Monday November 12th, 2012 - 10:14AM
It seems almost selfish to search for silver linings too soon among the darkest clouds of utter devastation.
How can anyone begin to contemplate optimism with millions still sifting through unthinkable physical and emotional wreckage?
But such is the natural progression from despair to hope that fuels humanity in the aftermath of catastrophe.
Hurricane Sandy— like South Florida’s Hurricane Andrew, the Gulf Coast’s Hurricane Katrina and other natural disasters before it— will scar communities, businesses, families and lives indefinitely. Much of what was lost can’t be replaced.
Yet it could strengthen a fragile society in ways previously unimaginable.
What a sight it was for New Jersey Governor Chris Christie— a few weeks removed from a rousing keynote at the Republican National Convention— to be back on a national stage, this time praising Barack Obama’s swift response to Sandy just days before the election.
That underscores the genuine, apolitical cooperation that has built, rebuilt and will be needed again to rebuild this country.
Destruction, however tragic, drives reconstruction. And many economic pundits were suggesting within hours of Sandy’s strike that public works projects will become so significant that they could help boost the nation’s GDP as thousands of contractors stalled by the housing market collapse dust off their tools.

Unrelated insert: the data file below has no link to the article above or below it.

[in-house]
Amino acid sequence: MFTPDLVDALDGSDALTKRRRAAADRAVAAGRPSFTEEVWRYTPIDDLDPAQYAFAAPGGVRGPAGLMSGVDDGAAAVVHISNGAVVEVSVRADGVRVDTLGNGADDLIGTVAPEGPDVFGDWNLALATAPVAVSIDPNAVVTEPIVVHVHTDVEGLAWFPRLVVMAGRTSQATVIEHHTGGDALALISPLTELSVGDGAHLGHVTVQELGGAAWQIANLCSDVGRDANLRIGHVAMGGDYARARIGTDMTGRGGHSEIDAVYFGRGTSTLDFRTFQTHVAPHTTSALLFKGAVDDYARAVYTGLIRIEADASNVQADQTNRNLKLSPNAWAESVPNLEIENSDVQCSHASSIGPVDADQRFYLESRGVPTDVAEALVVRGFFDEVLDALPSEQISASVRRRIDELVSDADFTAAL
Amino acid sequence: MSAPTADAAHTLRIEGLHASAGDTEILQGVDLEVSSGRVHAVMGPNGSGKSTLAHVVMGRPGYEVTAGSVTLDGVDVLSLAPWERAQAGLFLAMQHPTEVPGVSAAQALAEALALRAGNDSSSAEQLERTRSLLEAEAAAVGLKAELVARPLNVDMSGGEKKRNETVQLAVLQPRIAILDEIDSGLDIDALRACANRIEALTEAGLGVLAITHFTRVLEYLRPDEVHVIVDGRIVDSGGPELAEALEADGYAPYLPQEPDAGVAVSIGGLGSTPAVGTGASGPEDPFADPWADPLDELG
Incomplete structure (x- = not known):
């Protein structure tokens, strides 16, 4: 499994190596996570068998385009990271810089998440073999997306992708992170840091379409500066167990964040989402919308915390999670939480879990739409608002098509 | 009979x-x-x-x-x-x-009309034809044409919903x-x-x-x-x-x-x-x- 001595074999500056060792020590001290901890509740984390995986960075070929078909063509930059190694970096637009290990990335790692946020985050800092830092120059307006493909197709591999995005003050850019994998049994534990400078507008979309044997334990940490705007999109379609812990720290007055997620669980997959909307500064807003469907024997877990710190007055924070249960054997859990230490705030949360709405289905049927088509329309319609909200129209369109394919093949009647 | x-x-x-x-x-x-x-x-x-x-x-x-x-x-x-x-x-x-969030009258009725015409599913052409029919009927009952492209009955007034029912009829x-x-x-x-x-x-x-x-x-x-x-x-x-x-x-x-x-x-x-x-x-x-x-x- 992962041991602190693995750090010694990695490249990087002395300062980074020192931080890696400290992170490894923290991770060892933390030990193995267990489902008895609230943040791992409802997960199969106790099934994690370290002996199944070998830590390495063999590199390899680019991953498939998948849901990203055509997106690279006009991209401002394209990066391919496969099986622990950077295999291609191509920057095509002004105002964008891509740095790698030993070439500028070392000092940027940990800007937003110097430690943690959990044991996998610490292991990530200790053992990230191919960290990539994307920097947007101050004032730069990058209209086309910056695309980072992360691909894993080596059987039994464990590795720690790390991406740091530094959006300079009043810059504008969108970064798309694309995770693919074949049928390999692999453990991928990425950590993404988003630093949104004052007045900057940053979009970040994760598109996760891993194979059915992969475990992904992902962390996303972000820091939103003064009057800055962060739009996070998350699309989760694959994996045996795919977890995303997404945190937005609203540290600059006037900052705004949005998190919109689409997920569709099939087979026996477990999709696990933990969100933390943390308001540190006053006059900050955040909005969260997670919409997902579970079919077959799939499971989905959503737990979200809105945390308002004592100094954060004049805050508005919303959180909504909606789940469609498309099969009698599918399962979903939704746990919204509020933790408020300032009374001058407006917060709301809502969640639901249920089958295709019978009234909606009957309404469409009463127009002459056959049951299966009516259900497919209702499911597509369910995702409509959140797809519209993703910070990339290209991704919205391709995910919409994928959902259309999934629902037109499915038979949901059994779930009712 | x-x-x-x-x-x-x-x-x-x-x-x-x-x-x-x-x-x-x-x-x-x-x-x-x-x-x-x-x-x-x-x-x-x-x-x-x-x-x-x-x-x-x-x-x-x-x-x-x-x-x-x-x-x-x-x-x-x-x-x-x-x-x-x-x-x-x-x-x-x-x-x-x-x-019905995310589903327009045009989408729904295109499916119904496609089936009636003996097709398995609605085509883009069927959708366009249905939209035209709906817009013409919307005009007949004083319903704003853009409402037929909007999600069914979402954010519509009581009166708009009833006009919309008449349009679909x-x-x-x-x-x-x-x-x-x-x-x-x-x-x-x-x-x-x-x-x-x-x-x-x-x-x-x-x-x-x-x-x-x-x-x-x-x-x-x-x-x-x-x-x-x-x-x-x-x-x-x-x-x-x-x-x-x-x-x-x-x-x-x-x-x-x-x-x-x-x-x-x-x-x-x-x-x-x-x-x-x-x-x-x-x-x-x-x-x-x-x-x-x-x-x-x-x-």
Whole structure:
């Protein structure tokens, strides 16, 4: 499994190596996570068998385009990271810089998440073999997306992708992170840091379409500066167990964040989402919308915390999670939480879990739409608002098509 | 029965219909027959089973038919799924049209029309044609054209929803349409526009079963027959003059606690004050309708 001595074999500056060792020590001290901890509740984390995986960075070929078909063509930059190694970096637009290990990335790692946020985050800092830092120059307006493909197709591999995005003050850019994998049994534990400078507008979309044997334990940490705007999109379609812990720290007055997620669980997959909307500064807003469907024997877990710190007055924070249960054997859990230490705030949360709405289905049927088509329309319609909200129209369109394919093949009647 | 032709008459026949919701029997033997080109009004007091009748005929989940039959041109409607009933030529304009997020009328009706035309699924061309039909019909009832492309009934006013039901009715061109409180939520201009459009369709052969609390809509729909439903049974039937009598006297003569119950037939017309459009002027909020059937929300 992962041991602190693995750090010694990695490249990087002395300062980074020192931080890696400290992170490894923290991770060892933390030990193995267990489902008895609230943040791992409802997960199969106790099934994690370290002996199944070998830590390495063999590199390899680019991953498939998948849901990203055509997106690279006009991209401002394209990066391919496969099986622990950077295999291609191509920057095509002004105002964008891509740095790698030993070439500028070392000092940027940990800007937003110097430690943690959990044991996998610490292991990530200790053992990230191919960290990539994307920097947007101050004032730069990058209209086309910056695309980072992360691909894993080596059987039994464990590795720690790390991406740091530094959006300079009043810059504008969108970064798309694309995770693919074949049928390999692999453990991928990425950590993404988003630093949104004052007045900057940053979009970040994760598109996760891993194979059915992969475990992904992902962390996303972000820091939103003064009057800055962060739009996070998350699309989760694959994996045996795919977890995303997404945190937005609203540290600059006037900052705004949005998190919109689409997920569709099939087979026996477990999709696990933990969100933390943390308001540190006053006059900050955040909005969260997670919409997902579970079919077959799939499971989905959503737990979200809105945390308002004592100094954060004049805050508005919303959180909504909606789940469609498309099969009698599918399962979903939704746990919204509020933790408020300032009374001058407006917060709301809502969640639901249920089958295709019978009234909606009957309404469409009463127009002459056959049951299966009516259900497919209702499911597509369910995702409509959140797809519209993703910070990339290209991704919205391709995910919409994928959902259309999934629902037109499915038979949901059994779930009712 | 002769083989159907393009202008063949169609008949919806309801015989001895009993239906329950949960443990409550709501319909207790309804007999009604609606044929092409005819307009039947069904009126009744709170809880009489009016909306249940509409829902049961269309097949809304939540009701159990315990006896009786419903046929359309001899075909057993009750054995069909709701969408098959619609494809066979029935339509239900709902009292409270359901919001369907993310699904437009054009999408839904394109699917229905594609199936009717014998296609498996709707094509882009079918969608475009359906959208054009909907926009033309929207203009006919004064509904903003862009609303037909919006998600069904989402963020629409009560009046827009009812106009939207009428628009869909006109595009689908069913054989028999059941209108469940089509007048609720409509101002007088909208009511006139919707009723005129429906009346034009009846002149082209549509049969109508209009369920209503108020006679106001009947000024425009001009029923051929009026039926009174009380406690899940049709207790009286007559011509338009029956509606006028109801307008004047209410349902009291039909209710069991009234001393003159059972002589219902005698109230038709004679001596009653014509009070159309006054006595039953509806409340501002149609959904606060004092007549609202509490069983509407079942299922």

Frank Holmes, CEO of U.S. Global Investors, speculated a day after Sandy struck that damages of $20 billion (later estimates approached $50 billion) could trigger a $100 billion economic lift from related spending.
That, at this early stage, must seem like a hollow consolation to retailers slammed shut by Sandy. Some observers estimated such retailers collectively would take a $25 billion hit in sales during the week following the storm. Burt Flickinger III of retail consultancy Strategic Resource Group revised his November/December retail sales growth forecast from 3.2% to 2.1%.
Independent merchants cut off by Sandy face a particularly difficult recovery— if they recover at all. Still, retailing overall, after the near-term blow, figures to be an instrumental contributor to and benefactor from the post-Sandy recovery as victims restock their homes and lives.
Home improvement and housewares retailers are well equipped to help restore battered communities in some of the nation’s most populous regions.
If you need any further convincing about how essential the products provided by this industry can be to people during their most difficult times, consider this: A HomeWorld Business associate said he was grateful to return to a fully functioning office two days after Sandy left him in the dark in part because he could prepare and savor a fresh pot of coffee.
It is hardly selfish to seek relief wherever one can from havoc and uncertainty. The housewares business is in a strong position to help ease the devastation of Sandy and participate in a reconstruction that could help lift the long-term economic prospects of an entire country in the process.
It’s never too soon to pursue silver linings.